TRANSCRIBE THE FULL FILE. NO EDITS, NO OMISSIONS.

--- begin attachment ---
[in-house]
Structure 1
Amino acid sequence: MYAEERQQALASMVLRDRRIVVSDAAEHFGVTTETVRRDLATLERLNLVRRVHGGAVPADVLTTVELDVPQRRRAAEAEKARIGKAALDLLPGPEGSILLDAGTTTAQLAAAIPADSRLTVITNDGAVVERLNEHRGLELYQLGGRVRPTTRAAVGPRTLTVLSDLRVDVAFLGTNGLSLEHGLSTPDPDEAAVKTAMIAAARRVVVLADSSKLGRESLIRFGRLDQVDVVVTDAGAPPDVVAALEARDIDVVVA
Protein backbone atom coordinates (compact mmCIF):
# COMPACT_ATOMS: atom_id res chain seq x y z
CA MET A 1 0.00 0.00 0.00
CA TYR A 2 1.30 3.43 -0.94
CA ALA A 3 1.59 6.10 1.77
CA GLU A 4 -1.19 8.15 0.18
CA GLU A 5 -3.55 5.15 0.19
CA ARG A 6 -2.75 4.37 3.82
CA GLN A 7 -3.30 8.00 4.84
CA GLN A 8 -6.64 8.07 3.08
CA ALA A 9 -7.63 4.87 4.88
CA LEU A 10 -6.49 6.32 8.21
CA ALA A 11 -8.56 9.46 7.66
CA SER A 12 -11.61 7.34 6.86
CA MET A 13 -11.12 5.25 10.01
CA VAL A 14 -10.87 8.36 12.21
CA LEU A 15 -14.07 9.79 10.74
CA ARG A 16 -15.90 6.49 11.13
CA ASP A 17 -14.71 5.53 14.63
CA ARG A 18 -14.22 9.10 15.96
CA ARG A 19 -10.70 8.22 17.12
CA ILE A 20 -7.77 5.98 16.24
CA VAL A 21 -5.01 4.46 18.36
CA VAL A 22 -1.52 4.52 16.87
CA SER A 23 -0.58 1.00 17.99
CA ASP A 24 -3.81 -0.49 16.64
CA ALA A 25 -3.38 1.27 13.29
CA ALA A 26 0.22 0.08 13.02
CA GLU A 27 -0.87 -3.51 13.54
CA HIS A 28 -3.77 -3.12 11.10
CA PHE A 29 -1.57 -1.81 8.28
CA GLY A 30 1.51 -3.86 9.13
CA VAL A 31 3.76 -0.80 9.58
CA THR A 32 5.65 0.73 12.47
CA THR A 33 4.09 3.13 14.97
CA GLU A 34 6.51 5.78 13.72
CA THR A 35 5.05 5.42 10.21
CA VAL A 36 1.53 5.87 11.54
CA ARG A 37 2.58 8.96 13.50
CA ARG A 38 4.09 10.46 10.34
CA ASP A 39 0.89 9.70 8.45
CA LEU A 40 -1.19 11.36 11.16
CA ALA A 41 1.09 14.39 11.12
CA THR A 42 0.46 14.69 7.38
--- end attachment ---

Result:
[in-house]
Structure 1
Amino acid sequence: MYAEERQQALASMVLRDRRIVVSDAAEHFGVTTETVRRDLATLERLNLVRRVHGGAVPADVLTTVELDVPQRRRAAEAEKARIGKAALDLLPGPEGSILLDAGTTTAQLAAAIPADSRLTVITNDGAVVERLNEHRGLELYQLGGRVRPTTRAAVGPRTLTVLSDLRVDVAFLGTNGLSLEHGLSTPDPDEAAVKTAMIAAARRVVVLADSSKLGRESLIRFGRLDQVDVVVTDAGAPPDVVAALEARDIDVVVA
Protein backbone atom coordinates (compact mmCIF):
# COMPACT_ATOMS: atom_id res chain seq x y z
CA MET A 1 0.00 0.00 0.00
CA TYR A 2 1.30 3.43 -0.94
CA ALA A 3 1.59 6.10 1.77
CA GLU A 4 -1.19 8.15 0.18
CA GLU A 5 -3.55 5.15 0.19
CA ARG A 6 -2.75 4.37 3.82
CA GLN A 7 -3.30 8.00 4.84
CA GLN A 8 -6.64 8.07 3.08
CA ALA A 9 -7.63 4.87 4.88
CA LEU A 10 -6.49 6.32 8.21
CA ALA A 11 -8.56 9.46 7.66
CA SER A 12 -11.61 7.34 6.86
CA MET A 13 -11.12 5.25 10.01
CA VAL A 14 -10.87 8.36 12.21
CA LEU A 15 -14.07 9.79 10.74
CA ARG A 16 -15.90 6.49 11.13
CA ASP A 17 -14.71 5.53 14.63
CA ARG A 18 -14.22 9.10 15.96
CA ARG A 19 -10.70 8.22 17.12
CA ILE A 20 -7.77 5.98 16.24
CA VAL A 21 -5.01 4.46 18.36
CA VAL A 22 -1.52 4.52 16.87
CA SER A 23 -0.58 1.00 17.99
CA ASP A 24 -3.81 -0.49 16.64
CA ALA A 25 -3.38 1.27 13.29
CA ALA A 26 0.22 0.08 13.02
CA GLU A 27 -0.87 -3.51 13.54
CA HIS A 28 -3.77 -3.12 11.10
CA PHE A 29 -1.57 -1.81 8.28
CA GLY A 30 1.51 -3.86 9.13
CA VAL A 31 3.76 -0.80 9.58
CA THR A 32 5.65 0.73 12.47
CA THR A 33 4.09 3.13 14.97
CA GLU A 34 6.51 5.78 13.72
CA THR A 35 5.05 5.42 10.21
CA VAL A 36 1.53 5.87 11.54
CA ARG A 37 2.58 8.96 13.50
CA ARG A 38 4.09 10.46 10.34
CA ASP A 39 0.89 9.70 8.45
CA LEU A 40 -1.19 11.36 11.16
CA ALA A 41 1.09 14.39 11.12
CA THR A 42 0.46 14.69 7.38